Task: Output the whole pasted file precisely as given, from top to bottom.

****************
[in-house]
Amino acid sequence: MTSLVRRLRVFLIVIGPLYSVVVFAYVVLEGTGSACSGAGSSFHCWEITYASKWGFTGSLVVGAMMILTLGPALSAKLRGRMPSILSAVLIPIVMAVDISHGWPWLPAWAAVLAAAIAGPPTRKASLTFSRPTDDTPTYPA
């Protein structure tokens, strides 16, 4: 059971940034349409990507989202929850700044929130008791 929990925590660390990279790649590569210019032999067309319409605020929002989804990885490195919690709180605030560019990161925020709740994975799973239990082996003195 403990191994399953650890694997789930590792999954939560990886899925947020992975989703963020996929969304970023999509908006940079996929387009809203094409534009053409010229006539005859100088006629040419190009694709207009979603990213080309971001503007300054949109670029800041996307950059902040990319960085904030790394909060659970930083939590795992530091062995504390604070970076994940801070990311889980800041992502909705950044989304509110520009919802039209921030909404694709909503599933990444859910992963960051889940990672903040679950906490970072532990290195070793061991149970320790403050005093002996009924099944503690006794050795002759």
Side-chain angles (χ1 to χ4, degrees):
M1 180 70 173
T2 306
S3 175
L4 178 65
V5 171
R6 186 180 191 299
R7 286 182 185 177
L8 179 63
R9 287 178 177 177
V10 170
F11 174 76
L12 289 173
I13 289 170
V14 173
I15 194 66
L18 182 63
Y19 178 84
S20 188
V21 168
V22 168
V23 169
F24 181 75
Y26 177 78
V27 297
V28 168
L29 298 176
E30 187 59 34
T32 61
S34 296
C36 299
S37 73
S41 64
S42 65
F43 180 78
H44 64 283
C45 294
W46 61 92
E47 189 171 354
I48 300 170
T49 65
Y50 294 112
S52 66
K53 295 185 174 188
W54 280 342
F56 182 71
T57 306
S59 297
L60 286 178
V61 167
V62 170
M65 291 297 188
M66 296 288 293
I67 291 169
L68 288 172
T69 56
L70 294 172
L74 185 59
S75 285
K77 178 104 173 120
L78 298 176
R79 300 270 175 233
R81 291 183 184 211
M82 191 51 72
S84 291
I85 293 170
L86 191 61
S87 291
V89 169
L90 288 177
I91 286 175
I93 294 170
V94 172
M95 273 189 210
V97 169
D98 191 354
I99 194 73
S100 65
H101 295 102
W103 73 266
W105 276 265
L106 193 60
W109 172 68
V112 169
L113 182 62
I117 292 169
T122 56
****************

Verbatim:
[in-house]
Amino acid sequence: MTSLVRRLRVFLIVIGPLYSVVVFAYVVLEGTGSACSGAGSSFHCWEITYASKWGFTGSLVVGAMMILTLGPALSAKLRGRMPSILSAVLIPIVMAVDISHGWPWLPAWAAVLAAAIAGPPTRKASLTFSRPTDDTPTYPA
């Protein structure tokens, strides 16, 4: 059971940034349409990507989202929850700044929130008791 929990925590660390990279790649590569210019032999067309319409605020929002989804990885490195919690709180605030560019990161925020709740994975799973239990082996003195 403990191994399953650890694997789930590792999954939560990886899925947020992975989703963020996929969304970023999509908006940079996929387009809203094409534009053409010229006539005859100088006629040419190009694709207009979603990213080309971001503007300054949109670029800041996307950059902040990319960085904030790394909060659970930083939590795992530091062995504390604070970076994940801070990311889980800041992502909705950044989304509110520009919802039209921030909404694709909503599933990444859910992963960051889940990672903040679950906490970072532990290195070793061991149970320790403050005093002996009924099944503690006794050795002759």
Side-chain angles (χ1 to χ4, degrees):
M1 180 70 173
T2 306
S3 175
L4 178 65
V5 171
R6 186 180 191 299
R7 286 182 185 177
L8 179 63
R9 287 178 177 177
V10 170
F11 174 76
L12 289 173
I13 289 170
V14 173
I15 194 66
L18 182 63
Y19 178 84
S20 188
V21 168
V22 168
V23 169
F24 181 75
Y26 177 78
V27 297
V28 168
L29 298 176
E30 187 59 34
T32 61
S34 296
C36 299
S37 73
S41 64
S42 65
F43 180 78
H44 64 283
C45 294
W46 61 92
E47 189 171 354
I48 300 170
T49 65
Y50 294 112
S52 66
K53 295 185 174 188
W54 280 342
F56 182 71
T57 306
S59 297
L60 286 178
V61 167
V62 170
M65 291 297 188
M66 296 288 293
I67 291 169
L68 288 172
T69 56
L70 294 172
L74 185 59
S75 285
K77 178 104 173 120
L78 298 176
R79 300 270 175 233
R81 291 183 184 211
M82 191 51 72
S84 291
I85 293 170
L86 191 61
S87 291
V89 169
L90 288 177
I91 286 175
I93 294 170
V94 172
M95 273 189 210
V97 169
D98 191 354
I99 194 73
S100 65
H101 295 102
W103 73 266
W105 276 265
L106 193 60
W109 172 68
V112 169
L113 182 62
I117 292 169
T122 56